068 HPM 0415

HPM April 2015

Got a story? Ring us on 01732 748041 or e-mail twood@unity-media.com UNDERFLOORHEATING UFH: Demystifying the retrofit myth Neil Young, indoor climate applications manager at Uponor UK, outlines what’s been holding the industry back and how it can move forward... Domestic underfloor heating (UFH) has undergone a significant reputation shift over the last decade – shedding its tag of a luxury product only available to the wealthy, to becoming the heat emitter of choice among the new build housing market. However, UFH has always faced one major stumbling block within the domestic heating market - retrofitting into existing properties. Over recent years, the energy saving benefits of a water-based UFH system, as well as the improved ‘comfort factor’ (compared to convection heating), have not gone unnoticed. The steady rise in demand in the UK has encouraged greater product development and consequently wider accessibility to the product. However, for existing homeowners there remains a perception that water-based UFH technology is not viable for retrofit projects. UNDERSTANDING THE OPTIONS While retrofitting water-based UFH has traditionally presented a number of problems, thanks to more recent innovations it has become possible. Historically, installers were faced with two options - digging up the existing floor and laying a traditional UFH system as if it were a new-build, or installing an overlay system on top of the existing floor. Both have their merits, yet they also come with their own distinct disadvantages. Completely removing an existing floor in a property in order to install a UFH system is a costly and time consuming process for both the installer and the homeowner. Firstly, the entire area must be cleared and the existing floor dug out before a new UFH system can be installed. Installing UFH this way ensures adequate flooring insulation can be fitted prior to the system install - maximising the overall efficiency of the new system by minimising heat-loss through the floor. This method negates any potential loss of floor height for homeowners as well. However, the overall cost and inconvenience to the homeowner is often considered too high and as a result it is realistically only available to a limited few, who have the cash to invest in such a WWW.HPMMAG.COM The energy saving benefits of a water-based underfloor heating system, as well as the improved ‘comfort factor’, has seen underfloor heating rise significantly in popularity in recent times procedure. It is not a mass-market retrofit solution as, despite the reduction of energy bills associated with UFH, due to its low operating temperature, the cost of completely gutting a property is unlikely to be recovered by the savings on future energy bills. As such, while this method is effective, it is not economical. The other traditional retrofit UFH option available is the overlay system. It can be installed over the top of an existing screed floor and, once a position and route for the manifold has been identified and subsequently fitted, the installation can be completed in a short amount of time. The process involves either laying pipe on-top of a mat and then stapling it down, or using floor panels with pre-determined pipe grooves. Once laid and tested, the pipe can 68 APRIL 2015 HEATING & PLUMBING MONTHLY be covered with a further layer of screed. When dry, the desired floor covering can then be fitted. Compared to the previously discussed method, using an overlay system will result in a much quicker and cheaper installation. However, in most cases an overlay system will take at least an inch off a room’s height. It is important to stress this to a homeowner as it will inevitably mean that other retrospective actions must be taken, such as planing doors, skirting boards and other permanent fixings. On paper, this may not sound like much, but it is surprising how different a room can look with such an increase in floor height, and some homeowners may not be too pleased with this change if they were not made fully aware of the visual difference beforehand. NEW TECHNOLOGIES While the two aforementioned methods of installation do offer homeowners effective access to water-based UFH systems in existing properties, they are not without their compromises. However, the rise in consumer demand for UFH has led to the emergence of more innovative system designs, including streamlined overlay systems such as Uponor’s Minitec system, which can add just 15mm to the floor height. The advantage of such a thin overlay technology is that it can offer the best of both previous retrofit UFH technologies: quick installation time - between 24 and 48 hours - depending on room size, lower total system cost for the homeowner and a minimal impact on a room’s height. What’s more, with a completed installation height of 15mm, the pipes are much closer to the finished surface. Therefore, the system can operate at an even lower temperature while still achieving the same level of radiant heat as other systems. This is because heat has less distance and material to travel through. If combined with renewable technologies such as a ground or air source heat pump, then a thin overlay system will cost even less to run. No room height is lost enquiry number 152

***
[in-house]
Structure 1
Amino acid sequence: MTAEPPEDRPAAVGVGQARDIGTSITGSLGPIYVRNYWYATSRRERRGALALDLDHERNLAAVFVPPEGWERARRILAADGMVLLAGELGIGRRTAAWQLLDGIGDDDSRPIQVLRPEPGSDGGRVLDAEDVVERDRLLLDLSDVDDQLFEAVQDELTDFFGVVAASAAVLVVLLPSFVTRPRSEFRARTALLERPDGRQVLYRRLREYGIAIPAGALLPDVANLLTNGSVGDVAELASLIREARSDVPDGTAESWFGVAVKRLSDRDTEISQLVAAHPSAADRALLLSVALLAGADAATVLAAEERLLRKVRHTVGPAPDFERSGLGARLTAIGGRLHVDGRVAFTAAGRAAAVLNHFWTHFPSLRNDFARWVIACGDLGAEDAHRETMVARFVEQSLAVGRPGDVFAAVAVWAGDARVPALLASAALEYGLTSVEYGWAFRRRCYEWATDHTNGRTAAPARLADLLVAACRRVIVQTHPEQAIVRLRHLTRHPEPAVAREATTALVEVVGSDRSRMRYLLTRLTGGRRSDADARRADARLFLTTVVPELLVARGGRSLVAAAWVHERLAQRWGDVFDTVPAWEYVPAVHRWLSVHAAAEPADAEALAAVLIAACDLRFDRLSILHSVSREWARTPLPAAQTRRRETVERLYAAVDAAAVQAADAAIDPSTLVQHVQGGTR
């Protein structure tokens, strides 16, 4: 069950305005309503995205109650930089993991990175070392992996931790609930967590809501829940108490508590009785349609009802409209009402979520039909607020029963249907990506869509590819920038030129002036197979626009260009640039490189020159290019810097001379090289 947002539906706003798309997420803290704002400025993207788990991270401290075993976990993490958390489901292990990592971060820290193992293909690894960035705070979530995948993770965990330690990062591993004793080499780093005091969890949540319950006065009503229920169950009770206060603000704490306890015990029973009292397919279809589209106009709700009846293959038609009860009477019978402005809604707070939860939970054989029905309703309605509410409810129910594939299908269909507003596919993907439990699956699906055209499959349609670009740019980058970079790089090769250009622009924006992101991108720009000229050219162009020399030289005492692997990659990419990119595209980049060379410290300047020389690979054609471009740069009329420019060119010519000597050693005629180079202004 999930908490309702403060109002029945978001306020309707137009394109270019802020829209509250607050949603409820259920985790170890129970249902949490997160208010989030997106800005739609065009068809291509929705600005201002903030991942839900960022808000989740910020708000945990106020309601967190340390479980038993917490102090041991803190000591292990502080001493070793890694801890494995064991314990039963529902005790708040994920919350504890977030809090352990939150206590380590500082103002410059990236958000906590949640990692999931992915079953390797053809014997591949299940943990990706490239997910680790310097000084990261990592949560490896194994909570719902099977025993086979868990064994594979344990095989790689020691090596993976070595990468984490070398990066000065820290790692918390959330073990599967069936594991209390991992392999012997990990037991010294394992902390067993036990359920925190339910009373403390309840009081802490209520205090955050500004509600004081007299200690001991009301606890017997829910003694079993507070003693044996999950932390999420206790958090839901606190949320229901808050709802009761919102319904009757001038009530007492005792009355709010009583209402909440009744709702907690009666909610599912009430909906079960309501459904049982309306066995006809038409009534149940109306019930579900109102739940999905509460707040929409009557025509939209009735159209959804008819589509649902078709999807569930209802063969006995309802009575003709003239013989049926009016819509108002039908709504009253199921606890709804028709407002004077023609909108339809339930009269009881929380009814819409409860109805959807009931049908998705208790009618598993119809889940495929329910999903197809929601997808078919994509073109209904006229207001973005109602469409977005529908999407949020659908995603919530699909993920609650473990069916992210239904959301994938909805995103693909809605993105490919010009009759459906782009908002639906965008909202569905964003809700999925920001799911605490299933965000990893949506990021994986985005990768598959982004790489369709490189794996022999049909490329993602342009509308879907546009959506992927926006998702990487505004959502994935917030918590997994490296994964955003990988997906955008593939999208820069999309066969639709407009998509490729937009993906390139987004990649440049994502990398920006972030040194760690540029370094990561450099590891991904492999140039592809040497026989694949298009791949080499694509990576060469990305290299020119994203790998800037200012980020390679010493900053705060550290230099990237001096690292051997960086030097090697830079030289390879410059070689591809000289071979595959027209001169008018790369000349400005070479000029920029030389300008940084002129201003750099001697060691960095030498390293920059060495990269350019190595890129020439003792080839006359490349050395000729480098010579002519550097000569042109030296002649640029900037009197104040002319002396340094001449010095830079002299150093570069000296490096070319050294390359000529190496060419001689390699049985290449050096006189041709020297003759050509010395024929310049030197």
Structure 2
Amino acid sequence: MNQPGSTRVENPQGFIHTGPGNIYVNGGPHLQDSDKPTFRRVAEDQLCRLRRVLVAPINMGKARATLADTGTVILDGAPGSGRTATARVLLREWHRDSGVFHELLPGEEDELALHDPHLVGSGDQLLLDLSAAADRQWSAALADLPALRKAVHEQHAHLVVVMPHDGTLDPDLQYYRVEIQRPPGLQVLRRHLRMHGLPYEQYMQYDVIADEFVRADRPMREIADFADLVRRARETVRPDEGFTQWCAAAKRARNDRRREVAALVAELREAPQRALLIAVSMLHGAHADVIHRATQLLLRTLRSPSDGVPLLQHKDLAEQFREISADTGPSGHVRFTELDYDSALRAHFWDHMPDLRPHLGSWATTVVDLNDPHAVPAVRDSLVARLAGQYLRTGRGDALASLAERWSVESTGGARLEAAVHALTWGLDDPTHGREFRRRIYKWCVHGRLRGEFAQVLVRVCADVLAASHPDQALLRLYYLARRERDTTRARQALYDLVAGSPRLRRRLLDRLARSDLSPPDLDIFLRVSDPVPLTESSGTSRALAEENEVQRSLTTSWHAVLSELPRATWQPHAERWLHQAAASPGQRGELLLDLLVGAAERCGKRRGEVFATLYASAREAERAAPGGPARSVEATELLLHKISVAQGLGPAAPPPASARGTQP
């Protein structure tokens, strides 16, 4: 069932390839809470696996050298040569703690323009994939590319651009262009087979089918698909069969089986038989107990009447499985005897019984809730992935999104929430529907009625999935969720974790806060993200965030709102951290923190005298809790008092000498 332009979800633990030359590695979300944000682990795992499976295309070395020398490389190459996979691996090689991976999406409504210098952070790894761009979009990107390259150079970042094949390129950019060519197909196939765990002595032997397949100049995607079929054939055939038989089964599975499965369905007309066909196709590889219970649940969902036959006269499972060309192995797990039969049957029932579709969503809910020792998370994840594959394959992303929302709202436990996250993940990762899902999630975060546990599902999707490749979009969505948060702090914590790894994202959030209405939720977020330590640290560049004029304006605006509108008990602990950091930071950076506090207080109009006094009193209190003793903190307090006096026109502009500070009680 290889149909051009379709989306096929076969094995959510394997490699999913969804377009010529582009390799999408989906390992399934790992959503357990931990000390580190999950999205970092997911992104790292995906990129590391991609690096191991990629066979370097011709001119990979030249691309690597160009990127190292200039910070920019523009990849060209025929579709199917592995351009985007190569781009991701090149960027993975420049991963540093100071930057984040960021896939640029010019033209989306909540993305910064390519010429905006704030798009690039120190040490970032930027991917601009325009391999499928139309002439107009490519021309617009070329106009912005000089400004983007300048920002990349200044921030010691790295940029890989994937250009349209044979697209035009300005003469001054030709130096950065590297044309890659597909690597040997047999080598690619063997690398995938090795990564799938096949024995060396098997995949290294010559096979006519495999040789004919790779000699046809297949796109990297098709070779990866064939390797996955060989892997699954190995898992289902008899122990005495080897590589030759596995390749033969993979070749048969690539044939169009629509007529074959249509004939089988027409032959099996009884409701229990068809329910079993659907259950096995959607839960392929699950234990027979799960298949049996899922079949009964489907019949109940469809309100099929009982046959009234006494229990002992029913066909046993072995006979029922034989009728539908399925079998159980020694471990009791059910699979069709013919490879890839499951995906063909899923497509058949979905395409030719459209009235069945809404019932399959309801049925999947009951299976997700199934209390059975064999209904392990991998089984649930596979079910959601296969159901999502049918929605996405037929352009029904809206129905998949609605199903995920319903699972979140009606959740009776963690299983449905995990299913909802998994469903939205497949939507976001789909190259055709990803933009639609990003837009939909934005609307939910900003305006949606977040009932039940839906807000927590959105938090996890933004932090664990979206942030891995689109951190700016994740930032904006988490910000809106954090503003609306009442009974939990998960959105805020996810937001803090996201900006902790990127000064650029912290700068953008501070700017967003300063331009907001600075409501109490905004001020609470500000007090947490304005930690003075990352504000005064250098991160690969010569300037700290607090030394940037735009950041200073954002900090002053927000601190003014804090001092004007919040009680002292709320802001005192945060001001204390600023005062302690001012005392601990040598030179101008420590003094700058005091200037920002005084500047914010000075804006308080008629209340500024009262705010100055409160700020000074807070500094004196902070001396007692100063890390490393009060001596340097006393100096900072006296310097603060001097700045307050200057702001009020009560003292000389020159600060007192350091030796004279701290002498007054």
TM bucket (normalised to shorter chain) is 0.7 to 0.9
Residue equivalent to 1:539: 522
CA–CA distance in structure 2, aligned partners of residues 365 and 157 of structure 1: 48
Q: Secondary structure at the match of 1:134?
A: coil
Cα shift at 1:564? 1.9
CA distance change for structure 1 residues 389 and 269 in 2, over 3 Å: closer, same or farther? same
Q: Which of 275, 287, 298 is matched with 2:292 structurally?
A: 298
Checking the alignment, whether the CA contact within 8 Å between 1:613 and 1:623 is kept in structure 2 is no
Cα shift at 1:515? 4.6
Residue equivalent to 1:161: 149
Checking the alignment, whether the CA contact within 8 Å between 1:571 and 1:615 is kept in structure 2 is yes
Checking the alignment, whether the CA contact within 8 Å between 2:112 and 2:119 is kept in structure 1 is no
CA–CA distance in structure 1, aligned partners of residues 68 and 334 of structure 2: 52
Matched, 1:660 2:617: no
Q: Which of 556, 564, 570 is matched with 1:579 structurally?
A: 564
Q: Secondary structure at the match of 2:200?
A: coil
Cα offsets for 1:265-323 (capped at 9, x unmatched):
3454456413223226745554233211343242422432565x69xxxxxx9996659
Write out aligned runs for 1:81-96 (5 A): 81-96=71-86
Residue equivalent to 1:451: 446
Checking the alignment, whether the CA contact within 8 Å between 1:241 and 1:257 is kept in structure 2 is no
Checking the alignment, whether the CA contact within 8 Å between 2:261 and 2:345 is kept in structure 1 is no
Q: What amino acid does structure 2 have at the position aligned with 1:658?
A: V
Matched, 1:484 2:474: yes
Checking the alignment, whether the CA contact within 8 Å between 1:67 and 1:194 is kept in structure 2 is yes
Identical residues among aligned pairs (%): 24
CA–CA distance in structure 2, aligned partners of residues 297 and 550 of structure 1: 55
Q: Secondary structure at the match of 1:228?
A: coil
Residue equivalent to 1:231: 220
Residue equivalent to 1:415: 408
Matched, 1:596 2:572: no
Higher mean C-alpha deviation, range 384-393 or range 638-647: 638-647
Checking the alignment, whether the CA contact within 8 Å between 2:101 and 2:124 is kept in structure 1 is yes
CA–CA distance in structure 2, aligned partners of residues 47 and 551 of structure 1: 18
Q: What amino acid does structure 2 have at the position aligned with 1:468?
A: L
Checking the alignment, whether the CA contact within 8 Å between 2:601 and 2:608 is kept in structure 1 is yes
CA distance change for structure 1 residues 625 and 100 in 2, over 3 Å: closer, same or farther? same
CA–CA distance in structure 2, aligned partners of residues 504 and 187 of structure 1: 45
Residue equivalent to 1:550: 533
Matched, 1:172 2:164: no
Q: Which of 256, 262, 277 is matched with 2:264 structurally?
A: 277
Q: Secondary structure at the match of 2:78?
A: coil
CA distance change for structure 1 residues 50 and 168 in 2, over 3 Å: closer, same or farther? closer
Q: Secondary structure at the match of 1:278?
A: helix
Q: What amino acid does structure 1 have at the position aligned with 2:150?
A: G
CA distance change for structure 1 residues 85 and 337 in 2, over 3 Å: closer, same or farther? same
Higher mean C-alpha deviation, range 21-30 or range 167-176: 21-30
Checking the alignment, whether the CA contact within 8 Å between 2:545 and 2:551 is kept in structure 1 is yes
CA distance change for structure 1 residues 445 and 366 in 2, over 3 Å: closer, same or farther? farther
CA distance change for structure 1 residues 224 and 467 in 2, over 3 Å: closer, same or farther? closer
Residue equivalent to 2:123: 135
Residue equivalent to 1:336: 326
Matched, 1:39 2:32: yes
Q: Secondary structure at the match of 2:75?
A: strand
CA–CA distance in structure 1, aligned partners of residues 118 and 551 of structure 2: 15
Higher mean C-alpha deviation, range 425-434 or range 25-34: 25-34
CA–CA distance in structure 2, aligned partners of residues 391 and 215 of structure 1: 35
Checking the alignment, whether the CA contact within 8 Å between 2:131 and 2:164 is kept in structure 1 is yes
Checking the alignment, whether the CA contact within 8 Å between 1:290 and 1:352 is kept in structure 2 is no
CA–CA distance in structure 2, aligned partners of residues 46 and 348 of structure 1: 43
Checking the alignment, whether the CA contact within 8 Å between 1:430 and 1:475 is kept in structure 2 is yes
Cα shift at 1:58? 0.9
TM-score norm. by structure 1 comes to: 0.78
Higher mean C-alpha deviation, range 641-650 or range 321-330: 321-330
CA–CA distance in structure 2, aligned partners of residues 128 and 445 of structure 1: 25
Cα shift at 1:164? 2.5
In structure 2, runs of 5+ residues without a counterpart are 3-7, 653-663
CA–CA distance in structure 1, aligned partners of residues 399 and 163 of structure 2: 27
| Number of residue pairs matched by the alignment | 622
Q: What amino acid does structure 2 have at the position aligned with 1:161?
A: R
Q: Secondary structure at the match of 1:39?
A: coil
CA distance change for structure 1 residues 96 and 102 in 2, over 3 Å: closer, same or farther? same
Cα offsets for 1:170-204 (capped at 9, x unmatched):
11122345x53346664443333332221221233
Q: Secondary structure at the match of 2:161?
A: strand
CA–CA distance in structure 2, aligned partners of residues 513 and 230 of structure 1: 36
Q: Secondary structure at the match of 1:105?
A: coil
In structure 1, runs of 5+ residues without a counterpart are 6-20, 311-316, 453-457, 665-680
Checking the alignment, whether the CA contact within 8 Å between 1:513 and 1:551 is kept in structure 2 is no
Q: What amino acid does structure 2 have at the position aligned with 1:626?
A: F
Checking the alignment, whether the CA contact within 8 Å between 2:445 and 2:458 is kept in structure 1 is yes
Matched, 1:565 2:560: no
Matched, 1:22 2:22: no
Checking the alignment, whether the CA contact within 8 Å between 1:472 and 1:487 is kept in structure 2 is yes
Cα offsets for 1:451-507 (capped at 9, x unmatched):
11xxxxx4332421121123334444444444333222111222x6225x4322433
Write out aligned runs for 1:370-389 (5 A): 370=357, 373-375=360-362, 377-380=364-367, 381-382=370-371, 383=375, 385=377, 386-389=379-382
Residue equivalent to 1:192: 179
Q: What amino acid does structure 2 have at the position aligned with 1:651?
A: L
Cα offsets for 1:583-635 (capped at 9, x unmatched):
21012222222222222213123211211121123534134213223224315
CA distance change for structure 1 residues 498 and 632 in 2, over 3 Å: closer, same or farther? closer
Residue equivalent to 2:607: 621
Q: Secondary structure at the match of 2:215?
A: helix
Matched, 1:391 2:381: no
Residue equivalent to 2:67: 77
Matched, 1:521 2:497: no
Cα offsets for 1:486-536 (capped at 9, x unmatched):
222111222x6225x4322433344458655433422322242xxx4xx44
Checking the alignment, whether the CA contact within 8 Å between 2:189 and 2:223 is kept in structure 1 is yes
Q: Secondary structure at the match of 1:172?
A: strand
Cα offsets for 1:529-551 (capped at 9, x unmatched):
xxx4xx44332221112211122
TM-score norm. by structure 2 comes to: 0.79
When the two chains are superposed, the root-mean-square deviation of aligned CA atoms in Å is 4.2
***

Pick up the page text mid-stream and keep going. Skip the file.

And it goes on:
HPM April 2015
To see the actual publication please follow the link above